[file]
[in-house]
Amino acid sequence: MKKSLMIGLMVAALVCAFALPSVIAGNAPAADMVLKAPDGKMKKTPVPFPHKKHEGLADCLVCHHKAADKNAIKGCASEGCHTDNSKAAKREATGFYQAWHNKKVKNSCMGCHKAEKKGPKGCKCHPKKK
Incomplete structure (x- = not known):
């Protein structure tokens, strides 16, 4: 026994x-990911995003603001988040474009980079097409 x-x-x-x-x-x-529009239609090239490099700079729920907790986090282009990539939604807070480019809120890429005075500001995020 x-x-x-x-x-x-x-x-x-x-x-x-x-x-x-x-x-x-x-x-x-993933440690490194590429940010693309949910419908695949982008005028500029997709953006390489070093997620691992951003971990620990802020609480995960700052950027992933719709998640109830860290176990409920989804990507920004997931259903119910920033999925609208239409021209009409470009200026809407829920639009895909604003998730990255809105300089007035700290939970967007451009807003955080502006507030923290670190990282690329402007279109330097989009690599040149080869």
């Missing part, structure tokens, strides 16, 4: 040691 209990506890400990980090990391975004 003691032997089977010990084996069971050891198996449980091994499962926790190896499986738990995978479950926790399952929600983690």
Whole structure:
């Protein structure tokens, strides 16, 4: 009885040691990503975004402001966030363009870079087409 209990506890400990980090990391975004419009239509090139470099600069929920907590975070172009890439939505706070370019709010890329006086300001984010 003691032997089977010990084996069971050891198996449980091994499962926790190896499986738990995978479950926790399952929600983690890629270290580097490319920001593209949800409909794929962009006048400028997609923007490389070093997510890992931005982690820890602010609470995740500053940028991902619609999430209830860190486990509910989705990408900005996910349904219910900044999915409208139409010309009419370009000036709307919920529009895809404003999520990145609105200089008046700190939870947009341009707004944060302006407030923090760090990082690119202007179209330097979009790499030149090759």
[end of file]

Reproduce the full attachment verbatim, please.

[in-house]
Amino acid sequence: MKKSLMIGLMVAALVCAFALPSVIAGNAPAADMVLKAPDGKMKKTPVPFPHKKHEGLADCLVCHHKAADKNAIKGCASEGCHTDNSKAAKREATGFYQAWHNKKVKNSCMGCHKAEKKGPKGCKCHPKKK
Incomplete structure (x- = not known):
């Protein structure tokens, strides 16, 4: 026994x-990911995003603001988040474009980079097409 x-x-x-x-x-x-529009239609090239490099700079729920907790986090282009990539939604807070480019809120890429005075500001995020 x-x-x-x-x-x-x-x-x-x-x-x-x-x-x-x-x-x-x-x-x-993933440690490194590429940010693309949910419908695949982008005028500029997709953006390489070093997620691992951003971990620990802020609480995960700052950027992933719709998640109830860290176990409920989804990507920004997931259903119910920033999925609208239409021209009409470009200026809407829920639009895909604003998730990255809105300089007035700290939970967007451009807003955080502006507030923290670190990282690329402007279109330097989009690599040149080869």
């Missing part, structure tokens, strides 16, 4: 040691 209990506890400990980090990391975004 003691032997089977010990084996069971050891198996449980091994499962926790190896499986738990995978479950926790399952929600983690």
Whole structure:
């Protein structure tokens, strides 16, 4: 009885040691990503975004402001966030363009870079087409 209990506890400990980090990391975004419009239509090139470099600069929920907590975070172009890439939505706070370019709010890329006086300001984010 003691032997089977010990084996069971050891198996449980091994499962926790190896499986738990995978479950926790399952929600983690890629270290580097490319920001593209949800409909794929962009006048400028997609923007490389070093997510890992931005982690820890602010609470995740500053940028991902619609999430209830860190486990509910989705990408900005996910349904219910900044999915409208139409010309009419370009000036709307919920529009895809404003999520990145609105200089008046700190939870947009341009707004944060302006407030923090760090990082690119202007179209330097979009790499030149090759």